They really wanted to learn more about Picasso, so I introduced him by showing them a brief slideshow on Picasso's work and life.

We talked about the difference of Profile and Portrait. I briely went over the definitions for abstract and cubism.  I did this project in October and now the students will say "oh that project is abstract" or "it doesn't look realistic, it MUST be abstract" what GREAT minds I am teaching. I learn so much from them every day.
ANYWAYS, we then created 3 WACKY FACES. One big and the other medium sizes. We did one together, allowing free choice along the way. When we were done with the first one, the students completed the last 2, outline with medium size markers, then colored in with GLITTER crayons. They LOVE glitter/metallic crayons. In my personal opinion the metallic crayons are way more consistent and you really can see a sheen. The glitter crayons get clogged and are really light when put on paper. But all in all they looked great.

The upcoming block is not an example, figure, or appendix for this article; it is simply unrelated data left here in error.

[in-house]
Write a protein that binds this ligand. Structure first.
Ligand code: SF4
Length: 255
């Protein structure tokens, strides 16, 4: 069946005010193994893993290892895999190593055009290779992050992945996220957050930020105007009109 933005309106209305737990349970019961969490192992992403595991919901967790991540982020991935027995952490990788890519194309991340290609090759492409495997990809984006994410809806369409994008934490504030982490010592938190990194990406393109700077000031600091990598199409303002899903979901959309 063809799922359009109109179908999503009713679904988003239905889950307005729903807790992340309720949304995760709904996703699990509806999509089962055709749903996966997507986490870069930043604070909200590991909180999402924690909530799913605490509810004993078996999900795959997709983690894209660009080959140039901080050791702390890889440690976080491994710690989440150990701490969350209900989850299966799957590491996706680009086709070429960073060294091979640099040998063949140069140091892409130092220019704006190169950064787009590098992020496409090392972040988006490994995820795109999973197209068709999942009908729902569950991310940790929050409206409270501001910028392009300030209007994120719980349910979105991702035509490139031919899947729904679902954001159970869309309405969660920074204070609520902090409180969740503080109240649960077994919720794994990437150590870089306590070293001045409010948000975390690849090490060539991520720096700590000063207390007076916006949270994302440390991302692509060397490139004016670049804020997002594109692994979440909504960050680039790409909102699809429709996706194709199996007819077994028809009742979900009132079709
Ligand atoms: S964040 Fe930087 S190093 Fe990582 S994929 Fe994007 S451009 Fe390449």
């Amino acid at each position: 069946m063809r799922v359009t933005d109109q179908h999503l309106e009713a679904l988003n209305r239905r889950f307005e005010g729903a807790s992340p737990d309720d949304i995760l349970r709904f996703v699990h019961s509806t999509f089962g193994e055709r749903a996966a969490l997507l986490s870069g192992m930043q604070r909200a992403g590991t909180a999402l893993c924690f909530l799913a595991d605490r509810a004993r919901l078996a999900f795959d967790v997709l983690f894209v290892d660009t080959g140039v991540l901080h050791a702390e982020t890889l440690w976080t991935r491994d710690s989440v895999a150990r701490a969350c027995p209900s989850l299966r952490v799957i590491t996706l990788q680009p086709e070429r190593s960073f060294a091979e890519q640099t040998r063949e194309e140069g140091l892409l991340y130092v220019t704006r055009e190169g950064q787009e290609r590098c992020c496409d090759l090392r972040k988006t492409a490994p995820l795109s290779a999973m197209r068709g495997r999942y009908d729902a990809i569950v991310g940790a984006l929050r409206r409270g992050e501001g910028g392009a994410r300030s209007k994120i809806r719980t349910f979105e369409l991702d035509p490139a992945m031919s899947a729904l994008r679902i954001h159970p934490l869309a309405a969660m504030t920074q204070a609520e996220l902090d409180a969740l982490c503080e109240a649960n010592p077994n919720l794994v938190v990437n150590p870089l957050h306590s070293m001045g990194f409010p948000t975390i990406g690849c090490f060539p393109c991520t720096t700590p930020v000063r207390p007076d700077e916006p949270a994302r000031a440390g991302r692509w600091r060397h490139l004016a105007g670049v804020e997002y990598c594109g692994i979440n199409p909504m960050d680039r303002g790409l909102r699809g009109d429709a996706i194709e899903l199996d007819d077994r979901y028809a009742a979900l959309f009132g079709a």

With the crayons, I emphasized not touching same/like colors next to eachother.

4th Grade Woven Yarn Baskets

I know this is a common project with many art educators but I mixed it up by talking about contemporary versus traditional materials.My students learned how to do the traditional plain weave, warp/weft, shuttles, the Hopi Tribe, etc. We talked about different materials and I showed them photos of contemporary baskets made of jump ropes, phone wire (a picture of my own work), trash bags, etc.
I majored in textiles for my underground and I really love to include them in my lessons.